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7 Product Sourcing Costs to Consider

product sourcing costs

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Are you trying to understand the product sourcing costs and need help figuring out what’s included? There are many more costs to consider than just the product price, and each one plays an important role in calculating profitability. 

Reducing the supply chain costs from 9% to 4% can double your profits, so it’s in your best interests to understand them in detail. In this article, we share the top 7 product sourcing costs to help you improve product profitability. 

1. Product Price

The first and most obvious cost is the price of the product itself. As a rule of thumb, it should be about a third of the amount you want to sell it for to ensure profitability. For example, if you plan on selling a product for $21, then the cost should be no more than $7. 

It’s a good idea to negotiate with suppliers to drive the costs down as much as you can. Usually, the product price is lower when you order a bigger batch and have a long-term relationship with suppliers. 

2. Shipping Cost

The shipping cost is another big component that you need to consider. In same cases, the shipping cost can be as high as the product price from the supplier. This is especially true when sourcing products from China.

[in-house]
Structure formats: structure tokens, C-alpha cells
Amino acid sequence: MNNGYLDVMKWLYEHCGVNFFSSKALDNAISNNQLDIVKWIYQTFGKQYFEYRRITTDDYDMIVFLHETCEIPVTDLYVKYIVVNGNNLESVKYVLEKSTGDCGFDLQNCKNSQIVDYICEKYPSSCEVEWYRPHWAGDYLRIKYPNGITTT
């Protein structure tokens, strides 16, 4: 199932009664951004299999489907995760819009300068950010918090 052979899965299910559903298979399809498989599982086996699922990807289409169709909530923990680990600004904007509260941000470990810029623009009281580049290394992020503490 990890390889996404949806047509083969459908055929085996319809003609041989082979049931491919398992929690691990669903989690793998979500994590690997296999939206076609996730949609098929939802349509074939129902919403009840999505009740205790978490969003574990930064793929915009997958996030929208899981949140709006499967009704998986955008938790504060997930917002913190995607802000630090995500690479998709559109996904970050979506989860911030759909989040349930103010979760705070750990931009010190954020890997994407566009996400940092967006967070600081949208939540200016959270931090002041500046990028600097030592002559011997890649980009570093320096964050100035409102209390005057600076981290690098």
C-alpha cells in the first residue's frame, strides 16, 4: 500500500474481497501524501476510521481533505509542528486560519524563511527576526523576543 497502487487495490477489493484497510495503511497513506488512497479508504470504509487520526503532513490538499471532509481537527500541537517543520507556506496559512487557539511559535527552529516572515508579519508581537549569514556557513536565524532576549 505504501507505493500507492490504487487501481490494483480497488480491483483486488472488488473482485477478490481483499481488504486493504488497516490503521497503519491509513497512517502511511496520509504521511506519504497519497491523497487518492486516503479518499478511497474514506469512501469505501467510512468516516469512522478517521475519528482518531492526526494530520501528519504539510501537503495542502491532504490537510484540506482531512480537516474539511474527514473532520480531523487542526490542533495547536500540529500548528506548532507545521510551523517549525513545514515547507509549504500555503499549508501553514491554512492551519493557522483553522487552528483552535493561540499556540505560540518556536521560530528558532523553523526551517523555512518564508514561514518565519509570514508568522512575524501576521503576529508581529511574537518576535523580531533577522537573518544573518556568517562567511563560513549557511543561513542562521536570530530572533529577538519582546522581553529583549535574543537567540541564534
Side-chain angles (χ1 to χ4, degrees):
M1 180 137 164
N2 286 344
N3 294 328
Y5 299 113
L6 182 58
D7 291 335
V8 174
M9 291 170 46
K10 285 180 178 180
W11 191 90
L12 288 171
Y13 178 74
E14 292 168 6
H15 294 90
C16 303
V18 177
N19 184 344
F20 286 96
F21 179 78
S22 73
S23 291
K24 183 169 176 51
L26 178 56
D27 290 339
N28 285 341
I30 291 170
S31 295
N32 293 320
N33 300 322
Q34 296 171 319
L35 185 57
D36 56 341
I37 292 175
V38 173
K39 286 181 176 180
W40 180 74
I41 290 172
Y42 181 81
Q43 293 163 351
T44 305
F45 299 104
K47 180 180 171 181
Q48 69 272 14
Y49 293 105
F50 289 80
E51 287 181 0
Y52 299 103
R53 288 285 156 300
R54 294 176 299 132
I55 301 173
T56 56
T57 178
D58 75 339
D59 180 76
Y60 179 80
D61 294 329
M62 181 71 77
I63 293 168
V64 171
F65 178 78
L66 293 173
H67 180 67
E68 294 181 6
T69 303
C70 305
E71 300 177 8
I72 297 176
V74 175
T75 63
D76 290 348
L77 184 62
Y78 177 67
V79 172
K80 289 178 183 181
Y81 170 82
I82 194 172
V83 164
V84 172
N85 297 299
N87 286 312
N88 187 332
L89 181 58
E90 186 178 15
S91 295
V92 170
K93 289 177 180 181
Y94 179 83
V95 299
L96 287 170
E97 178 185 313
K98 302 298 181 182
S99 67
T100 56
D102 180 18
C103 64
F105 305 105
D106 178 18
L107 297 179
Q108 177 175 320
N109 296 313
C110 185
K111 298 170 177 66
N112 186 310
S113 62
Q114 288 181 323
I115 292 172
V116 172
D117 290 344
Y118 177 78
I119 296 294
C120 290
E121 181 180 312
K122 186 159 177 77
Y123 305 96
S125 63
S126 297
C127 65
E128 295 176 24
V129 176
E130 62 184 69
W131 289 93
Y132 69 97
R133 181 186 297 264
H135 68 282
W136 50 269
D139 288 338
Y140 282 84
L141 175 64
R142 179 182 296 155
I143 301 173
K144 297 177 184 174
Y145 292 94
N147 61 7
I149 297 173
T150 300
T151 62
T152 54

You can reduce the shipping price by ordering a large number of products in a single delivery. Also, choosing slower sea shipping delivery is cheaper than air freight. However, your inventory management needs to be spot-on. That’s because with sea shipping, the lead times are longer, which is the amount of time it takes to receive stock after placing a resupply order. 

3. Quality Inspections

Hiring a quality inspection team is a great idea to ensure that the products manufactured by the supplier are up to your standards. These types of services can reduce the frequency of customers getting faulty products and leaving a bad reviews. 

The cost of quality inspection services depends on various factors. This includes the depth of inspection that you require. For example, you can ask for the entire batch to be inspected or a smaller number of units chosen at random. As you build a relationship with the supplier and trust the quality of their products, you can reduce the amount spent on quality inspection services. This is great for new companies that have limited funds after an online company incorporation

4. 3rd Party Logistics

3rd party logistics or 3PLs are services that allow you to send products to their warehouses as an intermediary before delivery to customers. They offer services such as damage inspection, packaging, and sending inventory one by one to specific customers. 

3PLs typically provide an online platform where you can manage orders. This means you can efficiently communicate your buyer details and where orders should be sent. Furthermore, it’s a good idea to use 3PLs with the Amazon FBA model. That’s because they can ensure your products have the correct packaging for Amazon – otherwise, there would be fees and a delay in replenishing inventory. 

product sourcing costs

5. Taxes

Is your supplier located outside of the country where you want to sell products? Then you’ll need to pay import taxes. For example, if you’re selling products in the United States but importing from China, you’ll need to pay taxes.